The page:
Fighting disease with the SciSchmooze 11.2.19

by Herb Masters

Hello Science Based Thinkers and Readers,

Let's make this 2nd week of February a week to celebrate skepticism , reason and evidence.   I say this because the second Thursday is generally the day for the Bay Area Skeptics Skeptalk.   "What Would Darwin Say to Today’s Creationists?" is the talk this week.   If you haven't seen Eugenie Scott speak you really owe it to yourself to catch this talk.   Yes there are many who still think evolution is wrong and the earth is only a few thousand years old and may not be spherical.

I find that I'm on a bit of a single topic binge recently.  This is because after all these years we are still faced with outbreaks of very preventable diseases.  I'm sure that some will disagree with me but, despite all of the emotions, the evidence is in.  Vaccines save lives and keep most people heal

by Meenakshi Prabhune

Hello Schmoozers,

It’s been lazy rainy weather past few days, but I am sure loving the refreshing lush green landscape that Bay area witnesses only occasionally. The before-after images on my phone in the past few months remind me of the 10-year challenge. For those of you who are safely staying away from Facebook- here’s the latest fad. People are posting present day pictures of themselves and those from 10 years ago under the hashtag #10YearChallenge. Some people even used the trend to generate scientific awareness. For example, here’s a video that shows climate change evidence by comparing images from 10 years ago to present day ones: https://nowthisnews.com/videos/future/10-year-challenge-climate-change-edition

While most people were participating it in this challenge just for fun, others believe that Fac

Kicking the Can Down the Road with the Schmooze

by Bob Siederer

Hello again Science fans, and Happy New Year!  I know, we're a month into it already (and how did that happen so fast?) but this is the first Schmooze for me this year, so it is still appropriate.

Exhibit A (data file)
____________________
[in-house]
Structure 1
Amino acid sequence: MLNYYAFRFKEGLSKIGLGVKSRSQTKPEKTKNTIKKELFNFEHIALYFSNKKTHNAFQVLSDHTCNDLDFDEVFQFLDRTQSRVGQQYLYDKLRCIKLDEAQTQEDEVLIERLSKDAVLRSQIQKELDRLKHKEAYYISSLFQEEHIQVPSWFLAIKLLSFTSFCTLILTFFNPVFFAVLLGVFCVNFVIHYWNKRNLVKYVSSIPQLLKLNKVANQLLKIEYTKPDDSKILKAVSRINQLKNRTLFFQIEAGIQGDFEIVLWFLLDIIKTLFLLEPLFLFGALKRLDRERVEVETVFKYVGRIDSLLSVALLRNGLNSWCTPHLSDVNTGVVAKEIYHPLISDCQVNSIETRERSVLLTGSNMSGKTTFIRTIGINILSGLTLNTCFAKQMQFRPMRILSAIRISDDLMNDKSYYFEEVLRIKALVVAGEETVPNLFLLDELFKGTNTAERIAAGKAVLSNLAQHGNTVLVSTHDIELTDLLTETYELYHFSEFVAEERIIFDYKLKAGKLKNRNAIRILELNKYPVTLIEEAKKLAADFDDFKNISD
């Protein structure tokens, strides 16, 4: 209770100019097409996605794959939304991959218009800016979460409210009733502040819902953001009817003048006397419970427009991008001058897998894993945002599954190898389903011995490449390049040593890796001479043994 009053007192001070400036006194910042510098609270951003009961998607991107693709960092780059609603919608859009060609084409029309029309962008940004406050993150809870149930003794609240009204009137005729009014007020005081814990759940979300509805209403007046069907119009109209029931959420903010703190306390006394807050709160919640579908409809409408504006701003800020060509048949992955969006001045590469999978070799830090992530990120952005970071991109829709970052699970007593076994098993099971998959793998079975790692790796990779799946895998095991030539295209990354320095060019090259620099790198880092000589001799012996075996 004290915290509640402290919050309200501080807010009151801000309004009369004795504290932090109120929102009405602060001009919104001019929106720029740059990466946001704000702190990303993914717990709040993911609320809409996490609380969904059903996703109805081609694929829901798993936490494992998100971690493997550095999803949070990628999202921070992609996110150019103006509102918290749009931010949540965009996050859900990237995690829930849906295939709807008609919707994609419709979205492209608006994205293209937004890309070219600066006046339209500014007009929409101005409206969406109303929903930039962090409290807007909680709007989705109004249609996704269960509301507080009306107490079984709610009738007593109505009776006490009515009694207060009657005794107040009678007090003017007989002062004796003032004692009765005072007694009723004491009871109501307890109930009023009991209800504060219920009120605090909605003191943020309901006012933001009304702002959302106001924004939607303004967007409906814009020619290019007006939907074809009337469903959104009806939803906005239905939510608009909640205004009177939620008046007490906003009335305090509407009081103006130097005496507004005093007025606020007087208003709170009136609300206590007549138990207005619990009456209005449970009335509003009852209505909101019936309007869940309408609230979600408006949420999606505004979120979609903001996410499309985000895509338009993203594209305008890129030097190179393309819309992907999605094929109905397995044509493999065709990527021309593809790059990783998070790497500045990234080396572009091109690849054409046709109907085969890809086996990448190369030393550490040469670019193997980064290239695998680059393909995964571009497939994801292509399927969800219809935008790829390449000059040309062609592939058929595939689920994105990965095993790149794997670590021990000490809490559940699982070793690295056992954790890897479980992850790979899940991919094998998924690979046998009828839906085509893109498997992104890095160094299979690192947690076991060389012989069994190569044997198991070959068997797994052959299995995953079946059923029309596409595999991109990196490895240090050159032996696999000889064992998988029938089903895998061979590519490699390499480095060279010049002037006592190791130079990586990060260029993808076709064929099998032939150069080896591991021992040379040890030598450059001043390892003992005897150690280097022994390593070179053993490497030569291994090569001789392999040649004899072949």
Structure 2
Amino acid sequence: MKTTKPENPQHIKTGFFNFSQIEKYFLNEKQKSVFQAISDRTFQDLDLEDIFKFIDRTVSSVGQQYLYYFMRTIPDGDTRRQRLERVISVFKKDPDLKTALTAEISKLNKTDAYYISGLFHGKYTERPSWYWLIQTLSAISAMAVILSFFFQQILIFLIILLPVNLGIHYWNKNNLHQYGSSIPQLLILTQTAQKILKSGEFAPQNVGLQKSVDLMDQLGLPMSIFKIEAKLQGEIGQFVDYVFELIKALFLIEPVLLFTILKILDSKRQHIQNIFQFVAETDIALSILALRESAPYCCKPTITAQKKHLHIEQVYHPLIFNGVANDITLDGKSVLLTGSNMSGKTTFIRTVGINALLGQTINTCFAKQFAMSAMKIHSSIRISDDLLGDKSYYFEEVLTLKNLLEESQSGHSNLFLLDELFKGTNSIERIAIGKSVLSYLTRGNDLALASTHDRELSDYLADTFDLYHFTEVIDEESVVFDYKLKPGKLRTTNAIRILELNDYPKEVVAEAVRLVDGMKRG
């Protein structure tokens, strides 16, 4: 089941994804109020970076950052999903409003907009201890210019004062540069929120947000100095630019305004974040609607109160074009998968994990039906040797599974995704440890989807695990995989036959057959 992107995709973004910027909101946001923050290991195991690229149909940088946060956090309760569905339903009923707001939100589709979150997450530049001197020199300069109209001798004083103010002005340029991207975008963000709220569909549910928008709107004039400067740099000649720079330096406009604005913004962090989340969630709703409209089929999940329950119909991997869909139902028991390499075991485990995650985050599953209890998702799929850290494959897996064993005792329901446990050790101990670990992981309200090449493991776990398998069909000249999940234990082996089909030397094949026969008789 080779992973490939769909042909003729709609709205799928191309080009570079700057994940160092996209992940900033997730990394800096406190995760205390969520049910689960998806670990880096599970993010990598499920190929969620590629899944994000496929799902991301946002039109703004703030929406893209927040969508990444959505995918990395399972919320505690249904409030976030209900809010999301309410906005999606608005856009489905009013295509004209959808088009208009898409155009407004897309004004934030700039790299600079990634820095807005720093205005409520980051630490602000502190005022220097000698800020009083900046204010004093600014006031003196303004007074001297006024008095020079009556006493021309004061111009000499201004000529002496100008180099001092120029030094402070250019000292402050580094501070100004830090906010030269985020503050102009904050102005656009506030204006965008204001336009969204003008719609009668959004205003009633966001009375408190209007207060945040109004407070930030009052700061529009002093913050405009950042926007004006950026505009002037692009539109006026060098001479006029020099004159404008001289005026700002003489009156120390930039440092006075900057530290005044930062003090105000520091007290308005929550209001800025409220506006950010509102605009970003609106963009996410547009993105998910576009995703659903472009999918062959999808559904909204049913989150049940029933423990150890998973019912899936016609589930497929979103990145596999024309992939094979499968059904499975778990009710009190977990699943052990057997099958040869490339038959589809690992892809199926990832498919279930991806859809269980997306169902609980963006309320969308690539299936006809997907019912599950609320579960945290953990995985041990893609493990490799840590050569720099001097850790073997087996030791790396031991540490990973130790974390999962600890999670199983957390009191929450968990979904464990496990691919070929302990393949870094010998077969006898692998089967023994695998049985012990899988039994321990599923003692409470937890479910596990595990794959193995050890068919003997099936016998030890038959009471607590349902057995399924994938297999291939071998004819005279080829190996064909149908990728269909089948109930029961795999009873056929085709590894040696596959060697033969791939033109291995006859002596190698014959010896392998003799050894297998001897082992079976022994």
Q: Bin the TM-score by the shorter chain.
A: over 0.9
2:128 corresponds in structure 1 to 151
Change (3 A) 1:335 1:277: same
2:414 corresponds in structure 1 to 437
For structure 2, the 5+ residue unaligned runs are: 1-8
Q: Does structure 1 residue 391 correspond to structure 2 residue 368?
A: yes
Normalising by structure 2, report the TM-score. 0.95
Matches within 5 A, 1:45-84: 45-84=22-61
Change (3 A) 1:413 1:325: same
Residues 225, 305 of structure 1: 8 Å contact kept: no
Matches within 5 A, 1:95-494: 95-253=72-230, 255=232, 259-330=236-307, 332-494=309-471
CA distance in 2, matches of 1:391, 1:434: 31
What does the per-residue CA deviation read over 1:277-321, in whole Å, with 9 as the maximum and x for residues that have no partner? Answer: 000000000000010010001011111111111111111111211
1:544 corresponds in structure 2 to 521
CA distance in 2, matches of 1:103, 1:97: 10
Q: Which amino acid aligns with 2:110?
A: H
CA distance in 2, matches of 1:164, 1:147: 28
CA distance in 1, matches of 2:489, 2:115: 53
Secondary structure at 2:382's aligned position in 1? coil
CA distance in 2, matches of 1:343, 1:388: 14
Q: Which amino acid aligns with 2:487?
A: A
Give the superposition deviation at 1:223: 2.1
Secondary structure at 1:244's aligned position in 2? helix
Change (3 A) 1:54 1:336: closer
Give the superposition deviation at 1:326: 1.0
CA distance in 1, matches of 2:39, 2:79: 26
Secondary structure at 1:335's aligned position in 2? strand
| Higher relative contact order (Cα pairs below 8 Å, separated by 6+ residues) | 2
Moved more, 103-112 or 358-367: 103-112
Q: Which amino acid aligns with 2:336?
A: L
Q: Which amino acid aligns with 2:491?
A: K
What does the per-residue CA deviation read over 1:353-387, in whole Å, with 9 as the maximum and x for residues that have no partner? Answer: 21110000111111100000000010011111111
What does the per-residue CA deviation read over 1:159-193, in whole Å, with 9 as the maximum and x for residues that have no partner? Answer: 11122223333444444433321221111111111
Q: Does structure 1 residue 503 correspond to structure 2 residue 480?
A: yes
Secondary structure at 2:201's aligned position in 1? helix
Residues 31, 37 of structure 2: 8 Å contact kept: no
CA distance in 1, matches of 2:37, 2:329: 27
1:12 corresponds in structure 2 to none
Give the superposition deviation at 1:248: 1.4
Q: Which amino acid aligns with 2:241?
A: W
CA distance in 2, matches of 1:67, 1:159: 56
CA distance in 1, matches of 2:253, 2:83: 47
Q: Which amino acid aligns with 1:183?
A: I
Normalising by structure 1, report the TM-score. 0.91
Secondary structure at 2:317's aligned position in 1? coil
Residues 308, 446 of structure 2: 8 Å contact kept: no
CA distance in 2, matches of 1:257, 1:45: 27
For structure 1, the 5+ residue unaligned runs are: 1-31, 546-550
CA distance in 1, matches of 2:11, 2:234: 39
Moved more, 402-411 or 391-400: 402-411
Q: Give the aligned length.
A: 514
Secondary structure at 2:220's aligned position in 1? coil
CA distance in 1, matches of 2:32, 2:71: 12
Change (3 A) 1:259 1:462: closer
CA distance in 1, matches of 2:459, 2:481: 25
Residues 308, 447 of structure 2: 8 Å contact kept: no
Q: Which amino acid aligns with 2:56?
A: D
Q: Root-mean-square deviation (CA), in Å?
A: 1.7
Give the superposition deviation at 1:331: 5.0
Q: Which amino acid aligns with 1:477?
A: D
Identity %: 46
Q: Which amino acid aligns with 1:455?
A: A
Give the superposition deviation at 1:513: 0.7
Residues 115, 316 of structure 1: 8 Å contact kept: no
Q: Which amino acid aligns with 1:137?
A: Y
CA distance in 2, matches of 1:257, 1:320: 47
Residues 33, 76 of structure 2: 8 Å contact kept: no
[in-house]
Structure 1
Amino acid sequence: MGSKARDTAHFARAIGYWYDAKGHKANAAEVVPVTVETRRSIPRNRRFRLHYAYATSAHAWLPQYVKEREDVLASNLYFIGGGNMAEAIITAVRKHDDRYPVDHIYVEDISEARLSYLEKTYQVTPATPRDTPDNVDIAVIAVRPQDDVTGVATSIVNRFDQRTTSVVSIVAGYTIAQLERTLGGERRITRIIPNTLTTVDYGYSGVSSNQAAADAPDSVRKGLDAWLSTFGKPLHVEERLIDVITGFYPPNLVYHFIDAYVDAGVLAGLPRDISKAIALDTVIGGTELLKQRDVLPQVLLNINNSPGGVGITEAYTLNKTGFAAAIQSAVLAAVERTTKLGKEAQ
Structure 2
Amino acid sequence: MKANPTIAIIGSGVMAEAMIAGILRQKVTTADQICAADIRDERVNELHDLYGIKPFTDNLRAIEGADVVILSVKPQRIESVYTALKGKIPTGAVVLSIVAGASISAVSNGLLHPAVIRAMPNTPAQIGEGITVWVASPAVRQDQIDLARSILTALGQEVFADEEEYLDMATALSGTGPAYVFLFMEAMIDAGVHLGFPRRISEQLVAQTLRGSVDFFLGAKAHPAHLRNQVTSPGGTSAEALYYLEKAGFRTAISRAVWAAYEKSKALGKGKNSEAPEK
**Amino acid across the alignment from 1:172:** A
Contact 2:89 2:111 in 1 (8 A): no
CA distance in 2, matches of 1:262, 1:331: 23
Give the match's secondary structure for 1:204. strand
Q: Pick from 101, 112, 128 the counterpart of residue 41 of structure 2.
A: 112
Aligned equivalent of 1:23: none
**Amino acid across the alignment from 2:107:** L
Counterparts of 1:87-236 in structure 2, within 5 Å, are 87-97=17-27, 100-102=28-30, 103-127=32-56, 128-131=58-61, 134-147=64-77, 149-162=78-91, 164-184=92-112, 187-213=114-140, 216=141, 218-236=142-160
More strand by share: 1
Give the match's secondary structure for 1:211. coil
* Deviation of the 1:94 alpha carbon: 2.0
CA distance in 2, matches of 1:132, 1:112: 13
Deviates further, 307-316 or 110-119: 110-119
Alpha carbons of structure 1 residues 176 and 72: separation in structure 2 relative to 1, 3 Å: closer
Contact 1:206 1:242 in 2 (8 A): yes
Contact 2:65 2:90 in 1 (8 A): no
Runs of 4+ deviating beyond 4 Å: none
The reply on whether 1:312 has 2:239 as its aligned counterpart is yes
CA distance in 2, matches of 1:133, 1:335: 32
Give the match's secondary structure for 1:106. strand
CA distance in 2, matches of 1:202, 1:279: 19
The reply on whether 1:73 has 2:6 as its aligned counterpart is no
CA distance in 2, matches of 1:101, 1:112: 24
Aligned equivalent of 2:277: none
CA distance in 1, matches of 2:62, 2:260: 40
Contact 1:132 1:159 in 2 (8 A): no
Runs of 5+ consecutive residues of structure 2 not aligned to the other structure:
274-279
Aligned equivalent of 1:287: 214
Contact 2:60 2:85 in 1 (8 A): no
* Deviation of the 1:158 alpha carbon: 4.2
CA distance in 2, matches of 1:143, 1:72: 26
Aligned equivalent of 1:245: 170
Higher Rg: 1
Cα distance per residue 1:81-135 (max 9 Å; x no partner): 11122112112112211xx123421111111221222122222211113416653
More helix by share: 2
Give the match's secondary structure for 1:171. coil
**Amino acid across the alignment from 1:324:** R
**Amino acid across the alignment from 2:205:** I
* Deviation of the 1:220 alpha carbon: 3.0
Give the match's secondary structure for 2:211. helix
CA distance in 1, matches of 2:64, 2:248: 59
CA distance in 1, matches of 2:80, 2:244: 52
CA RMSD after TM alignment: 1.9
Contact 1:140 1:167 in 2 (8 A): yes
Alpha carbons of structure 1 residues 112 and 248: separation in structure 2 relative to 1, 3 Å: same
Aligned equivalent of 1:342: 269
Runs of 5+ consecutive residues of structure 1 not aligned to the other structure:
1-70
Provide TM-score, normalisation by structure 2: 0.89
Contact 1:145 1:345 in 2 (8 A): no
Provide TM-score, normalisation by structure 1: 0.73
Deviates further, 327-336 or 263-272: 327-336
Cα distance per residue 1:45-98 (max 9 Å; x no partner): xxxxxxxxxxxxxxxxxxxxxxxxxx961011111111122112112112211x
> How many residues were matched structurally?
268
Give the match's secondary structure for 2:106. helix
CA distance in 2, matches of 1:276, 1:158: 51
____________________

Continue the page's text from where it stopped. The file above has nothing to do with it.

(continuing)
Did you see the lunar eclipse?  No?  Me either, although shortly after it was over I looked out and the sky was clear.  So close! 

We have just over 100 events on our calendar for the next two weeks, and more are sure to come.  You have plenty of things to choose from, including these:
  1. Nerd Nite East Bay - 01/28/2019 07:30 PM in Oakland

Eclipsing with the SciSchmooze 19.1.20

by Herb Masters

Hi Science Celebrators! 
Please excuse this very early edition of the SciSchmooze.  I am hoping that this helps you  get ready for Sunday evening's big event.  Let's hope for clear skies but there will be alternatives for you to enjoy the eclipse even if the skies are not clear. 

I got an email from Alex Filippenko with a great compilation of info that will help you and your friends and family enjoy and understand what is going on.  In case you don't know, Alex is an astrophysicist at UC Berkeley who has been involved in major discoveries about our universe.  You really do need to see and hear him speak.  Oh yea, you can…  Black Holes, Exploding Stars, and the Runaway Universe: A Life in Science is this coming Wed 1.23 at Foothill College.  Go see, hear, learn, and celebrate!

Back to this Sunday…  Here's what Alex shared wit